In one implementation, the internal processes of network application traffic management unit 200 assume that a data flow has terminated if a packet associated with the data flow has not been encountered in a threshold period of time. Termination of a data flow may cause the network application traffic management unit 200 to tear down various data structures for the data flow (to allow the memory space to be used for other data flows). In such implementations, the network processing unit 300 may be configured to periodically sample packets to network application traffic management unit 200 (even after sendmore has been set to false) to ensure that the network application traffic management unit 200 does not deem the flow terminated. The rate at which these packets are sampled will depend on the configuration of the network application traffic management unit 200 and the threshold values it uses to deem flows terminated. In such an implementation, the decisional logic represented in 522 of FIG. 5A can be augmented to include a check that compares the last sample time to the current time and to conditionally sample the packet if the time difference is greater than a threshold.

C.1. Server-Side Triggered Policies

According to the process flow illustrated in FIG. 5A, the Data Plane applies one or more default policies to new data flows until it receives a FlowInfo message from the Control Plane identifying one or more policies to be applied. FIGS. 5B and 5C illustrate an alternative implementation where the Data Plane may possibly apply cached policies, as opposed to default policies, to new data flows that match one or more criterion, such as server-side related attributes of IP address and port number.

As discussed above, the Data Plane may maintain a set of flow objects in a reserved memory space. The flow objects include flow attribute information and one or more applicable policies (see above). The Data Plane may also reserve memory (a triggering cache) for the caching of flow attribute information for possible re-use for subsequent data flows. As discussed above, the Data Plane may store in a triggering cache certain flow information responsive to the value of the trigger parameter in FlowInfo messages. FIG. 5C illustrates an example process that a Data Plane may apply to a received FlowInfo message. As FIG. 5C shows, when the Data Plane receives a FlowInfo message, it maps the FlowIndex value in the FlowInfo message to a flow object entry in the reserved memory space (560), and saves the flow configuration data in the Flow Block entry (562). If the trigger parameter is set to “remember” (564), the Data Plane then accesses the triggering cache to identify whether a matching entry exists (566). A cache entry may comprise a key value, a time stamp, and flow attribute and configuration information (such as service identifiers, policies and the like). The key comprises a tuple of an IP address, port number and a protocol identifier. In one implementation, the IP address and port number used for the key is determined with reference to the serverside parameter in the FlowInfo message. That is, the Data Plane uses the serverside parameter to identify the IP address and port number of the server of the data flow and uses this information and the protocol identifier to generate the key.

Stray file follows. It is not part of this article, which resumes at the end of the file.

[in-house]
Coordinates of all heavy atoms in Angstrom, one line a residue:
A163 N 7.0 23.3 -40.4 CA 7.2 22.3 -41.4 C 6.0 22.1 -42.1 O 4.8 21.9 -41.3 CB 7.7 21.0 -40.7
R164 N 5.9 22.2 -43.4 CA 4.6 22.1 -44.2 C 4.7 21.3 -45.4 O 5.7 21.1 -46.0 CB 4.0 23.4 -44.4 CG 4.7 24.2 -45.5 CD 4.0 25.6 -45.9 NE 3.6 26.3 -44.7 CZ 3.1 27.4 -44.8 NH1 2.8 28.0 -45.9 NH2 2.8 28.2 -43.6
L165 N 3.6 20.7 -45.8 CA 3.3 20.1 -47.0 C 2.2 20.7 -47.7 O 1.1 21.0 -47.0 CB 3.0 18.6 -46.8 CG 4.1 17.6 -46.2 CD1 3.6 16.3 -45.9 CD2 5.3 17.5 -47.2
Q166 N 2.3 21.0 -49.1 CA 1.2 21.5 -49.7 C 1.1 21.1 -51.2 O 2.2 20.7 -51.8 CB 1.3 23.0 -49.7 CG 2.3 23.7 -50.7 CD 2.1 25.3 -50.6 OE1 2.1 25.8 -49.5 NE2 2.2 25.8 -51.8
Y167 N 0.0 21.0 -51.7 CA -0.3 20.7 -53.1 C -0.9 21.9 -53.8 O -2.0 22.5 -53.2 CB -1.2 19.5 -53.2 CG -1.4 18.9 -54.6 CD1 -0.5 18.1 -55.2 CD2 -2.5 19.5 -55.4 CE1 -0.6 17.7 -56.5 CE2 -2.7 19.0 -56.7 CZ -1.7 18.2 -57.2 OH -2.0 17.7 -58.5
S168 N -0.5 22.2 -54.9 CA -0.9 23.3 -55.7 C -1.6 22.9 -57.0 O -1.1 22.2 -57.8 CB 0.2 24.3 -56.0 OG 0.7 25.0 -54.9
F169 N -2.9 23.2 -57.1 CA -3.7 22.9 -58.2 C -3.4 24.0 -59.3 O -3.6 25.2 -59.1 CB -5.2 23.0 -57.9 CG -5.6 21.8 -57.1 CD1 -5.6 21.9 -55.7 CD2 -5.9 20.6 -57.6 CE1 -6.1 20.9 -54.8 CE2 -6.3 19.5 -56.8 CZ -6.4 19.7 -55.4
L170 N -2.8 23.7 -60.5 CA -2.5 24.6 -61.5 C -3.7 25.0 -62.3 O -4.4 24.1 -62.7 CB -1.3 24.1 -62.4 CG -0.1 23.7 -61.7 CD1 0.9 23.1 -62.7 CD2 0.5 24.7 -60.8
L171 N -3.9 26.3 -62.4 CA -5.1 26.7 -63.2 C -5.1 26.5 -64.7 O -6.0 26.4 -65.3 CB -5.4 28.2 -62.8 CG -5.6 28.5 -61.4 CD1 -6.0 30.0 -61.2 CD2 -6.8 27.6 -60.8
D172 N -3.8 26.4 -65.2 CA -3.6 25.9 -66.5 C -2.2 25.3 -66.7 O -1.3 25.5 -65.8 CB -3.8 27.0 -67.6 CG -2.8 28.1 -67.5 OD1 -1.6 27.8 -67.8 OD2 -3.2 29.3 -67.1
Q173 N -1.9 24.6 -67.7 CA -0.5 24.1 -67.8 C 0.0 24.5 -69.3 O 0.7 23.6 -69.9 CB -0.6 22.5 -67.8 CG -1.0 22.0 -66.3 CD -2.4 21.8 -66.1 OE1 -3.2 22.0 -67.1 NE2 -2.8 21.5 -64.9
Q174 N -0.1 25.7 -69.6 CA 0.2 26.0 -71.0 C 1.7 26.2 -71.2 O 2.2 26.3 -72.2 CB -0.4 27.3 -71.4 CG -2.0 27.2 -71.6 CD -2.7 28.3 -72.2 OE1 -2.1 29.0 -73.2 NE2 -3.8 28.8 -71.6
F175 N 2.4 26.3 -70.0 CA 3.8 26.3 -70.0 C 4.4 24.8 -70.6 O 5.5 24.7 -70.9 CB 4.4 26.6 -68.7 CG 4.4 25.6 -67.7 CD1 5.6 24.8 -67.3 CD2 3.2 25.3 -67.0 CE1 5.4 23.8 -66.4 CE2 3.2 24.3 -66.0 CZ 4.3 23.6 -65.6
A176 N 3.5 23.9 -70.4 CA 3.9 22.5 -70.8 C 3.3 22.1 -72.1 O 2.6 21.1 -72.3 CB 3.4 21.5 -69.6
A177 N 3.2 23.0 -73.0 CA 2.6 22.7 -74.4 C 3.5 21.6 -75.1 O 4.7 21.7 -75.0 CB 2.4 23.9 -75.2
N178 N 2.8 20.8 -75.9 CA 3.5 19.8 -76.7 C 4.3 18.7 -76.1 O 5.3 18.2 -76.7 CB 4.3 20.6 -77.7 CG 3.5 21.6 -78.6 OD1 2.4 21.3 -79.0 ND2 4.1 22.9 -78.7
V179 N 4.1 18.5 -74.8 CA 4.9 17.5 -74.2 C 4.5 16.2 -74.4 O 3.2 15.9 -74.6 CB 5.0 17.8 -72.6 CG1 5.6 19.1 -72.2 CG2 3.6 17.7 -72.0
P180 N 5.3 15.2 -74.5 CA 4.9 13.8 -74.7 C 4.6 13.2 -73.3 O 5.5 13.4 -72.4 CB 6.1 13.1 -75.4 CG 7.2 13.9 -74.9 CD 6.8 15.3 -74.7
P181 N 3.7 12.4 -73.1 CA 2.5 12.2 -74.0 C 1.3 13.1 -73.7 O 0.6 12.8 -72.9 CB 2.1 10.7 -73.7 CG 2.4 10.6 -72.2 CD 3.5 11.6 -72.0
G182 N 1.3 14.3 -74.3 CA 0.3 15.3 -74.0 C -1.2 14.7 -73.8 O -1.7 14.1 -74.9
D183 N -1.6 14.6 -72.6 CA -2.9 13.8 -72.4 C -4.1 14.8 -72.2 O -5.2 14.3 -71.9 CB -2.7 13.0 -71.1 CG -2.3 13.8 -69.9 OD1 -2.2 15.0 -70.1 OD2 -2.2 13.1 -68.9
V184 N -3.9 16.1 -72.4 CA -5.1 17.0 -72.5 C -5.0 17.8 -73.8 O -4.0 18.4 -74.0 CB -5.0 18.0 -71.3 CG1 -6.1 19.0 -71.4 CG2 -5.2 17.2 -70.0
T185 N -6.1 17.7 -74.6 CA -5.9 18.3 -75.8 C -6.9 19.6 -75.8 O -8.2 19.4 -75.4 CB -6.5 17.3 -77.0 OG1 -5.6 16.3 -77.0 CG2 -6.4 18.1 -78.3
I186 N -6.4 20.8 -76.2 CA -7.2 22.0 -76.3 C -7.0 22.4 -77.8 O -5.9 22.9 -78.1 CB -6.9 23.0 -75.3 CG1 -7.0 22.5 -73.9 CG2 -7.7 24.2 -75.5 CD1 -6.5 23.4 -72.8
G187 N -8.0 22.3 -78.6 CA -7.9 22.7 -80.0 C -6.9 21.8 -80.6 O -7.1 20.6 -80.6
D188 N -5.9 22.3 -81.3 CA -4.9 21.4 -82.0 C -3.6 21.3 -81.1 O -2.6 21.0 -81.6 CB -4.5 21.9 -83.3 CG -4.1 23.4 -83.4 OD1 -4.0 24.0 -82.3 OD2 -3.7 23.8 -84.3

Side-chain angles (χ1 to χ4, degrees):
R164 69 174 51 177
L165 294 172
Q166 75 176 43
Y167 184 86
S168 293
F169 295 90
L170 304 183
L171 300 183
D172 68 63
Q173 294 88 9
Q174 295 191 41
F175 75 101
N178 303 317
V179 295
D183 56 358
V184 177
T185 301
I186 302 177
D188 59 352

In one implementation, the cache is organized as a set of hash groups, where each hash group includes a set of N cache entries. In addition, each cache entry is also addressed relative to an index value that maps to the memory space reserved for the cache. To identify a possible matching entry, the Data Plane may compute a hash of the key to select a hash group, and then search (possibly computing a secondary hash) the entries for a key that matches. If a matching entry in the cache exists, the Data Plane updates or replaces the flow configuration information in the cache entry and updates the time stamp (568). If no matching entry exists, the Data Plane selects a cache entry within the hash group to store the flow configuration data (570), setting a time stamp as well. If there is no empty slot in the hash group, the Data Plane may use a least-recently used (LRU) algorithm to select an entry based on the value of the time stamps.